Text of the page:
200,000 couples got engaged during this past weekâ€™s Valentineâ€™s Day festivities.Â Thatâ€™s roughly 10% of the engagements that will occur in 2011.Â And while most of these couples will soon tie the proverbial knot and profess to live as one until â€œdeath do us partâ€, the mechanics of the credit system donâ€™t necessarily follow those rules.Â In fact, there are a fair number of myths regarding couples and their credit.Â Here are a few of the most commonâ€¦
Â Your credit reports merge with those of your new spouse â€“ This is probably the most common of the â€œcouples and creditâ€ myths.Â The credit reporting system in this country maintains records on individual consumers, not on â€œhouseholdsâ€ or couples.Â What this means is even though you are married your credit reports do not magically merge with those of your new spouse.
The only time credit reports are merged is in the mortgage environment when you apply jointly for a home loan.Â The lender will use the services of whatâ€™s referred to as a â€œmortgage reporting companyâ€ which will pull all 3 of your credit reports and all 3 of your spouseâ€™s credit reports and then combine them into one large joint credit report.Â The final product is called a Residential Mortgage Credit Report or RMCR.Â It gives the impression that you and your spouse have fully integrated credit reports but it is simply a cosmetic exercise.Â
Your credit scores merge with those of your new spouse â€“ This is probably the second most common couples related credit myth partially because of the RMCR process I described above.Â Credit scores, like credit reports, do not merge when you get married.Â In fact, credit scores arenâ€™t even a permanent part of your credit reports, which is why the free annual credit report law doesnâ€™t mandate a free credit score.
Credit scores are calculated on individual credit reports and then delivered with that report to the lender or whoever else is buying the report.Â If credit reports were merged and maintained as joint reports by the credit bureaus then joint credit scores could be easily calculated.Â But, since reports are not maintained jointlyâ€¦no joint credit scores.Â
You are required to apply jointly for credit with your new spouse â€“ Absolutely not true.Â There is no law or lender requirement that forces spouses to apply jointly for credit simply because theyâ€™re, well, a couple.Â Applying jointly for credit is a choice and it can work for you or it can work against you.Â
When you apply jointly for any sort of credit (cards, auto loan, mortgage) the lender is now allowed to hold both of you liable for the payments.Â And, since both of you are now liable for the debt, the lender can and probably will report the account to both of your credit reports.Â This means if payments are made on time and the account is managed properly then your credit and your spouseâ€™s credit reports and credit scores will benefit.
If, however, the account is managed poorly then that will also show up on both of your credit reports and you will both suffer.Â If the account goes to some sort of terminal level of delinquency, such as a collection, then both of you will be hounded for the payments.Â And finally, if the lender or collection attorney chooses to sue you for the amount of the debt then both spouses can find themselves on the wrong side of the lawsuit.Â
You are liable for your new spouseâ€™s debt â€“ This isnâ€™t entirely wrong but itâ€™s certainly not entirely right either.Â If you co-sign or apply jointly for credit then itâ€™s a done dealâ€¦youâ€™re liable.Â But, if you donâ€™t co-sign or jointly apply for credit then itâ€™s likely that you are not liable for his or her debt.Â So, for example, if youâ€™re simply added to a credit card account as whatâ€™s called an â€œauthorized userâ€ then youâ€™re not contractually liable for the debt.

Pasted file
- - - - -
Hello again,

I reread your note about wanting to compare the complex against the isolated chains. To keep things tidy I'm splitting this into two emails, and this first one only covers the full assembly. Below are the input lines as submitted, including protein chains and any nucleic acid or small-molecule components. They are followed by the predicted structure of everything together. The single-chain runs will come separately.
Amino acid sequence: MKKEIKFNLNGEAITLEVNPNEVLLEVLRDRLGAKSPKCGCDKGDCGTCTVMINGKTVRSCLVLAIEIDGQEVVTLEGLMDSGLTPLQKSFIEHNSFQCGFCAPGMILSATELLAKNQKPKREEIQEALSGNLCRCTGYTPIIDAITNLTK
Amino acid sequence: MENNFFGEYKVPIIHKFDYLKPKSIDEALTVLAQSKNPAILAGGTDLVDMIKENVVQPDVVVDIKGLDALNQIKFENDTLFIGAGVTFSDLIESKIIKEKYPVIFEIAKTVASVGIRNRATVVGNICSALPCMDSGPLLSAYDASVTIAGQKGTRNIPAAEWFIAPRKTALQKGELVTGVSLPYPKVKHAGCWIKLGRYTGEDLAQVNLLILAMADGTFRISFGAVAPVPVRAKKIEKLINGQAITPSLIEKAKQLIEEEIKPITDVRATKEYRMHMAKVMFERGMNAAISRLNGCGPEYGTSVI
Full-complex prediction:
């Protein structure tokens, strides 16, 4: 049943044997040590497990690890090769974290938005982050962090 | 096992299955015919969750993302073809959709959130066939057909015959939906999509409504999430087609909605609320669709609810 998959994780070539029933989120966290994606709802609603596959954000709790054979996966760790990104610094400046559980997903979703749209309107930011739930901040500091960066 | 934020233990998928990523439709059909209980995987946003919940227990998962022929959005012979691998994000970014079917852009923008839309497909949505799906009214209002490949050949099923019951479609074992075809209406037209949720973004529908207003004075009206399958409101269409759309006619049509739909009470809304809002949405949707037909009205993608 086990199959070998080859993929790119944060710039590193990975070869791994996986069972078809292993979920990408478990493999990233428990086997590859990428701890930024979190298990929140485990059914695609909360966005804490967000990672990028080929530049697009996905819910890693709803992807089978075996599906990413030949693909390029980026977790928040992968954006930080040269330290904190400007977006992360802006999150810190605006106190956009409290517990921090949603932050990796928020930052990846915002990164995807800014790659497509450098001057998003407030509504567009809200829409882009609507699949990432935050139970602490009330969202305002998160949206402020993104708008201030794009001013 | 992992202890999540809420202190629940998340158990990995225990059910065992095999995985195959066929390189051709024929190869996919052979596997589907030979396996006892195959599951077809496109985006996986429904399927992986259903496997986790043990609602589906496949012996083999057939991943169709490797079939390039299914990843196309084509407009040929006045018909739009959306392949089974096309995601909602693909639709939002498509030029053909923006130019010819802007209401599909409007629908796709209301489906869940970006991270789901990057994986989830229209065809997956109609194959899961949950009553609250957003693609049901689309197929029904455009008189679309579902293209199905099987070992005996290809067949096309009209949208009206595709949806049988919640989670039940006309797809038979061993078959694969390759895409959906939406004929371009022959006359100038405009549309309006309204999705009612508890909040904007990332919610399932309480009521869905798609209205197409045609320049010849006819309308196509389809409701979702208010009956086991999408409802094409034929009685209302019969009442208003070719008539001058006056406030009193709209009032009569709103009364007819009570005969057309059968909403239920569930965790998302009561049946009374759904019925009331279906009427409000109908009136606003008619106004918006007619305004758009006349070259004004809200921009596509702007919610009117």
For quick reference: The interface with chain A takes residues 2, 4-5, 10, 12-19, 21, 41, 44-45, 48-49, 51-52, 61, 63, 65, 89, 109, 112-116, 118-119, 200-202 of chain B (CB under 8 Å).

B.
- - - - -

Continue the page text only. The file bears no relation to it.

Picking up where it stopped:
The likely exception to that rule occurs if you live in one of the ten community property states.Â The states are CA, LA, AK, AZ, ID, NV, NM, TX, WA and WI.Â If the debt was incurred while living in those states, a creditor (and therefore a collector) can make the argument that even though an individual incurred the debt, both parties benefitted and thus both parties are liable for payment.Â This is why after a death or a divorce collectors attempt to collect from the surviving spouses.
A divorce decree releases me from liability â€“ I hate to bring this up but the rate of divorce filing is half of the rate of marriages.Â What that means is a whole lot of couples get divorced every year and most of them have joint debts, which need to be somehow separated.Â The problem is your divorce attorney, while he or she is probably very smart when it comes to divorces, isnâ€™t a financial counselor and wonâ€™t spend time advising you on how best to separate liabilities.
The court can assign payment responsibilities to one spouse or the other but that doesnâ€™t change the terms of the original lender contract signed by the two spouses.Â And since the lender isnâ€™t present at your divorce proceedings and isnâ€™t a party to your agreement, they are not bound by it.Â If you have joint credit cards before your divorce, you still have joint credit cards after it.
This is problematic because if the payments are missed, then they will show up on both spouseâ€™s credit reports and can damage both of your sets of credit scores.Â And trust me, arguing that â€œmy ex-husband is supposed to pay thatâ€ isnâ€™t going to work.Â Any division of credit liabilities must be done in such a way that the lender acknowledges the changes.
John Ulzheimer is the President of Consumer Education at SmartCredit.com, the credit blogger for Mint.com, and a Contributor for the National Foundation for Credit Counseling.Â He is an expert on credit reporting, credit scoring and identity theft. Formerly of FICO, Equifax and Credit.com, John is the only recognized credit expert who actually comes from the credit industry.